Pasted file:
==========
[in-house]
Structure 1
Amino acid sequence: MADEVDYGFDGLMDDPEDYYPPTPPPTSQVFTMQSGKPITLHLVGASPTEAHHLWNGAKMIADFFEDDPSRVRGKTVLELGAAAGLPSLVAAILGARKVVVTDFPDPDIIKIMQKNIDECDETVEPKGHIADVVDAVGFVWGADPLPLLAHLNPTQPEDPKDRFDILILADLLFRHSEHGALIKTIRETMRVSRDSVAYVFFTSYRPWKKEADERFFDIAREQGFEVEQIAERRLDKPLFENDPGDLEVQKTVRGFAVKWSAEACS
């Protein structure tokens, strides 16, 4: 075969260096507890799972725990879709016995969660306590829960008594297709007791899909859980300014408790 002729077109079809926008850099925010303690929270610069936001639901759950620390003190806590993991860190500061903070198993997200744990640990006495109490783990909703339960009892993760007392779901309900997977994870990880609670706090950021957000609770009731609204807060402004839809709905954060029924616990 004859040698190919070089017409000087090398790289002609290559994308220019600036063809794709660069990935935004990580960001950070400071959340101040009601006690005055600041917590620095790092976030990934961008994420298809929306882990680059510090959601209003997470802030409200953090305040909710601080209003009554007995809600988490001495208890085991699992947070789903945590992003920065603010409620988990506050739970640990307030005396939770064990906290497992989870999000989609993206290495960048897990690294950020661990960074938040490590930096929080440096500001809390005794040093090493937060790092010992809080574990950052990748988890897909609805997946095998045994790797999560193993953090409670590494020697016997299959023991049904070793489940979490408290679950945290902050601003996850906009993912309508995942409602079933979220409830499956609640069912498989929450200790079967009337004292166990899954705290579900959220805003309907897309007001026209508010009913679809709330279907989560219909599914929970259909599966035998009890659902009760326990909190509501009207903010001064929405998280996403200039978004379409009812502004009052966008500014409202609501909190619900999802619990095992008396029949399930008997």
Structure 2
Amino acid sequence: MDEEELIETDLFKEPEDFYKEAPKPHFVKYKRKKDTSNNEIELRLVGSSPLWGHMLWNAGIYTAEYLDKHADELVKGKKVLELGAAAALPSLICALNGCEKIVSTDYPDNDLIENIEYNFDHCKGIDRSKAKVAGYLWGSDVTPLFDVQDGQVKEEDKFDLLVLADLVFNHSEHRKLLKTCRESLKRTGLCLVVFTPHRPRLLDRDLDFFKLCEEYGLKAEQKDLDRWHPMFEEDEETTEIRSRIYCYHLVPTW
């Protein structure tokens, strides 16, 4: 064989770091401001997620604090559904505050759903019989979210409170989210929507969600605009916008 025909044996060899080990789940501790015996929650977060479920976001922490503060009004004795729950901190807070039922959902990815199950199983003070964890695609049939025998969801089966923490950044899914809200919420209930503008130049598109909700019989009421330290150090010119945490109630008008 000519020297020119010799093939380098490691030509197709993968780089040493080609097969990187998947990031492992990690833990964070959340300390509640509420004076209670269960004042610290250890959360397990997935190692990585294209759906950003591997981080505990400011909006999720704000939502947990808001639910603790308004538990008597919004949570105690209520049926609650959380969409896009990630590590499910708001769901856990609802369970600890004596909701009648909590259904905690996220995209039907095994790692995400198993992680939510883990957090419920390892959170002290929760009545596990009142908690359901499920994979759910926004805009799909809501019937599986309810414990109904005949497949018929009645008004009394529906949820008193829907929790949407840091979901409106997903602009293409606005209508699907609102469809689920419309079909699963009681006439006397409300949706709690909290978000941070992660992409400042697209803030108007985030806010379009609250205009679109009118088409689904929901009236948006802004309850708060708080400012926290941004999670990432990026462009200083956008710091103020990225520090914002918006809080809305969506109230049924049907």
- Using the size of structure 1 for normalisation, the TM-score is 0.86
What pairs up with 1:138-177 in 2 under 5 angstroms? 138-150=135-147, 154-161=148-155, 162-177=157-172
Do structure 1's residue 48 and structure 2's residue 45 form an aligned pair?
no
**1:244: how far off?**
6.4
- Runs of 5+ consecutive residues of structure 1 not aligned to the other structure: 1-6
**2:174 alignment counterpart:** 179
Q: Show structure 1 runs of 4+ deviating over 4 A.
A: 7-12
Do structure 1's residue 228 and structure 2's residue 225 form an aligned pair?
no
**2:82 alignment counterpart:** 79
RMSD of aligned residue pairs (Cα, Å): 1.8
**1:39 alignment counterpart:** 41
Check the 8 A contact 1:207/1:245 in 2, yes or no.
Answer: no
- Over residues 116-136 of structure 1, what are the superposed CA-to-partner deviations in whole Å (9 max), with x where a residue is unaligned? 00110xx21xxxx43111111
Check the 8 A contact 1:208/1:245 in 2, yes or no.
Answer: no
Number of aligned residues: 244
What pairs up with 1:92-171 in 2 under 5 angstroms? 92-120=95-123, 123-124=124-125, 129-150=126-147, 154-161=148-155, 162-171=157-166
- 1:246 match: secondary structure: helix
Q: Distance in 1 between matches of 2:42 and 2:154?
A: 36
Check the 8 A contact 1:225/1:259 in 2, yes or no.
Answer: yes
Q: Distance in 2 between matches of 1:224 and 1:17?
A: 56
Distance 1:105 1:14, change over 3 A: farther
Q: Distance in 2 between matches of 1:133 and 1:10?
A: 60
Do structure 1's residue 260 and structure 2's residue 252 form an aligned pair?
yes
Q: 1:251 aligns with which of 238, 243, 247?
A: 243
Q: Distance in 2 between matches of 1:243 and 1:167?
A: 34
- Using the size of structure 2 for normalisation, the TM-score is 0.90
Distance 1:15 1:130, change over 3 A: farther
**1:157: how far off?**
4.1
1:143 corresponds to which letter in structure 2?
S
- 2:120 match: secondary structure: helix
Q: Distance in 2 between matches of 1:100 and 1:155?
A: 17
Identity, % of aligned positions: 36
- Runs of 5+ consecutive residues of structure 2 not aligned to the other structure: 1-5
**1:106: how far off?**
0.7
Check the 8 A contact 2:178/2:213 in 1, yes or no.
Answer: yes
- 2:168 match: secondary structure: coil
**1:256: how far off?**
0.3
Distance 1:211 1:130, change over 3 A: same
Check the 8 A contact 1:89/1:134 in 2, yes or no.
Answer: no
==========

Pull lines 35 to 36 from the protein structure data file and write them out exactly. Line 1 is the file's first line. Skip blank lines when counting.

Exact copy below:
Q: Distance in 2 between matches of 1:224 and 1:17?
A: 56